No two persons ever read the same book. --Edmund Wilson

Wednesday, October 19, 2005

#93: The Meaning of Tingo -- Adam Jacot de Boinod

This book has been much promoted lately: I bought it because it sounded rather like They Have a Word for It -- Howard Rheingold. Yes and no. Both authors share a fascination for weird and wonderful words, but Rheingold is more interested in discussing the concepts and finding potential uses in everyday (American) life: de Boinod includes many more words, but usually in simple definition lists. Though not always ...

Example: mamihlapinatapei
"...from the Fuegian language found in Chile, meaning that shared look of longing where both parties know the score yet neither is willing to make the first move." (The Meaning of Tingo, p. 64)

"The Guinness Book of World Records lists this as 'the most succinct word' and defines it as 'the act of looking into each other's eyes, each hoping that the other will initiate what both want to do but neither chooses to commence'. Whether this is the most succinct word in the world is arguable, but there is no doubt that the word describes a relatively rare sensation that just about everyone experiences at some point in life. The eye is both the window of the soul sand the primary erogenous zone; our species was exchanging meaningful glances long before we started compiling lexicons. And anyone who has ever fallen in love or out of love knows that the word can apply equally well to any of these tension-laden situations.
"And here is the answer to precisely what one says in such a situation: by the very nature of the encounter, it is impossible simply to ask whether the other person has in mind precisely what you have in mind. But you could always ask if you have both just engaged in a moment of mamihlapinatapei, and thus approach the matter indirectly. If you want to be suave about it, you had better spend some time practising your pronunciation before you actually try this on someone. Since it is highly unlikely that a Tierra del Fuegan will be around to correct you, it is probably better for you to make up your own pronunciation." (They Have a Word for It, p. 80)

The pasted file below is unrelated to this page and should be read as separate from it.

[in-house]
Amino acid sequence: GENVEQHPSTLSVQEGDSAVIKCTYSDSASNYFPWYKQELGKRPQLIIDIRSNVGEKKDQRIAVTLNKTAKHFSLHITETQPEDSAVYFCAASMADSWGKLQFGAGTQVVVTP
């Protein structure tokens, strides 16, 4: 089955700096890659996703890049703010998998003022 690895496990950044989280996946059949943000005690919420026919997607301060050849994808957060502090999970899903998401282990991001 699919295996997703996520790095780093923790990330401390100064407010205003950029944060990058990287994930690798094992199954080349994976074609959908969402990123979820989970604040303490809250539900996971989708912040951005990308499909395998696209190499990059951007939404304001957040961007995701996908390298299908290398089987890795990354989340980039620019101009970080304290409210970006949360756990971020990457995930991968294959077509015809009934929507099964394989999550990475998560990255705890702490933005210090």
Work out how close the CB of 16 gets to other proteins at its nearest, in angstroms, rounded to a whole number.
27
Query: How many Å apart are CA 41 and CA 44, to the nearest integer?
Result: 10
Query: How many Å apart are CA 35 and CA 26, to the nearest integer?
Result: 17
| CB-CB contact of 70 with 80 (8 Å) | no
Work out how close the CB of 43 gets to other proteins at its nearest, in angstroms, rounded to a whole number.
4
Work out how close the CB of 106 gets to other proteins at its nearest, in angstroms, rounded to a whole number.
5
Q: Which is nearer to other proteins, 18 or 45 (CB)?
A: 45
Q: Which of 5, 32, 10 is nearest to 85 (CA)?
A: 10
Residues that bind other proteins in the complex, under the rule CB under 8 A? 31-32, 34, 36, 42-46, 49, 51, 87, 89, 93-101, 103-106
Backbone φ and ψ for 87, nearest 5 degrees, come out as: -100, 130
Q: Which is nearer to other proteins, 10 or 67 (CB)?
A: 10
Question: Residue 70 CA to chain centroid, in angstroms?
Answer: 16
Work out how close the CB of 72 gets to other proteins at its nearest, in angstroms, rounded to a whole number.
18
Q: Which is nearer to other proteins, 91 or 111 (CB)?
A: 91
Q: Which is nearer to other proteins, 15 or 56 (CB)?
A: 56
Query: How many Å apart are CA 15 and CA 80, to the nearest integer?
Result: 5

Actually, a surprising number of Rheingold's words appear in The Meaning of Tingo, often with very similarly-worded definitions that, no doubt, indicate a shared source: I'm surprised that de Boinod hasn't (as far as one can tell from the references) encountered the earlier book.

The Meaning of Tingo is a fascinating book. There are plenty of concepts that don't have clear formulations in English, though whether they need them (geragas, Malayan for 'to comb one's hair in anger') is a moot point. Interesting to see some of the distinctions drawn in other cultures -- there are languages which divide the colours of the rainbow quite differently, and of course there are all those Eskimo Inuit words for snow -- and to think about the world view they imply. (If you don't have a word for something, how do you think about it?)

I think I prefer Rheingold's approach, but there are so many more words in de Boinod's compendium. Though none of them relates to something that I'm sure some language must have a word for: the moon seen by day.

reposted here from LJ in order to keep all my reviews in one place

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